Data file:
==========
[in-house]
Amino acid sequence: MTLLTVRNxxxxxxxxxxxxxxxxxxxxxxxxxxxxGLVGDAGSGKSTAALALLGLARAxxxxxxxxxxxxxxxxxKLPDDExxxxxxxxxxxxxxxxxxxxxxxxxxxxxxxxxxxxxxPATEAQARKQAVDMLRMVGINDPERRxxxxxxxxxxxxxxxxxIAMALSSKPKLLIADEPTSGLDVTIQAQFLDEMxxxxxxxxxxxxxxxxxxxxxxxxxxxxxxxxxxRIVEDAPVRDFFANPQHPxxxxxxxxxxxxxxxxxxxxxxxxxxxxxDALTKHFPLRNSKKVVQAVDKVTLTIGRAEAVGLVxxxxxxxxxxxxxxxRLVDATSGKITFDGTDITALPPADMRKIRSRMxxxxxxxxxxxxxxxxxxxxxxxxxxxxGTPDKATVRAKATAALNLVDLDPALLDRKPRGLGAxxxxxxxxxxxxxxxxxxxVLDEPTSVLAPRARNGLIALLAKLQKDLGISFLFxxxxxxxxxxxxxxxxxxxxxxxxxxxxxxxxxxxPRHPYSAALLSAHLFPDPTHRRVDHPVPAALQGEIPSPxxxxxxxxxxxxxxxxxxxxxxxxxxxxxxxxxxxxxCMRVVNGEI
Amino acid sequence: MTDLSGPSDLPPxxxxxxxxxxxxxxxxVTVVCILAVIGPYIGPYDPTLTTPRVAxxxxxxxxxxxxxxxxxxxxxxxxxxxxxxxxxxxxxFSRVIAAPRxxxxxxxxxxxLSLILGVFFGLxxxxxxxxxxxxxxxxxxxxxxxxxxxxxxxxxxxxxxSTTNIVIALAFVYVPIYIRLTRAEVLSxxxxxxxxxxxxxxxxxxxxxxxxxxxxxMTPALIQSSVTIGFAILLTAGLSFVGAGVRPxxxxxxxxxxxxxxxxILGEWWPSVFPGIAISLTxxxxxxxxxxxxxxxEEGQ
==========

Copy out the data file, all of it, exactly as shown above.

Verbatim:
[in-house]
Amino acid sequence: MTLLTVRNxxxxxxxxxxxxxxxxxxxxxxxxxxxxGLVGDAGSGKSTAALALLGLARAxxxxxxxxxxxxxxxxxKLPDDExxxxxxxxxxxxxxxxxxxxxxxxxxxxxxxxxxxxxxPATEAQARKQAVDMLRMVGINDPERRxxxxxxxxxxxxxxxxxIAMALSSKPKLLIADEPTSGLDVTIQAQFLDEMxxxxxxxxxxxxxxxxxxxxxxxxxxxxxxxxxxRIVEDAPVRDFFANPQHPxxxxxxxxxxxxxxxxxxxxxxxxxxxxxDALTKHFPLRNSKKVVQAVDKVTLTIGRAEAVGLVxxxxxxxxxxxxxxxRLVDATSGKITFDGTDITALPPADMRKIRSRMxxxxxxxxxxxxxxxxxxxxxxxxxxxxGTPDKATVRAKATAALNLVDLDPALLDRKPRGLGAxxxxxxxxxxxxxxxxxxxVLDEPTSVLAPRARNGLIALLAKLQKDLGISFLFxxxxxxxxxxxxxxxxxxxxxxxxxxxxxxxxxxxPRHPYSAALLSAHLFPDPTHRRVDHPVPAALQGEIPSPxxxxxxxxxxxxxxxxxxxxxxxxxxxxxxxxxxxxxCMRVVNGEI
Amino acid sequence: MTDLSGPSDLPPxxxxxxxxxxxxxxxxVTVVCILAVIGPYIGPYDPTLTTPRVAxxxxxxxxxxxxxxxxxxxxxxxxxxxxxxxxxxxxxFSRVIAAPRxxxxxxxxxxxLSLILGVFFGLxxxxxxxxxxxxxxxxxxxxxxxxxxxxxxxxxxxxxxSTTNIVIALAFVYVPIYIRLTRAEVLSxxxxxxxxxxxxxxxxxxxxxxxxxxxxxMTPALIQSSVTIGFAILLTAGLSFVGAGVRPxxxxxxxxxxxxxxxxILGEWWPSVFPGIAISLTxxxxxxxxxxxxxxxEEGQ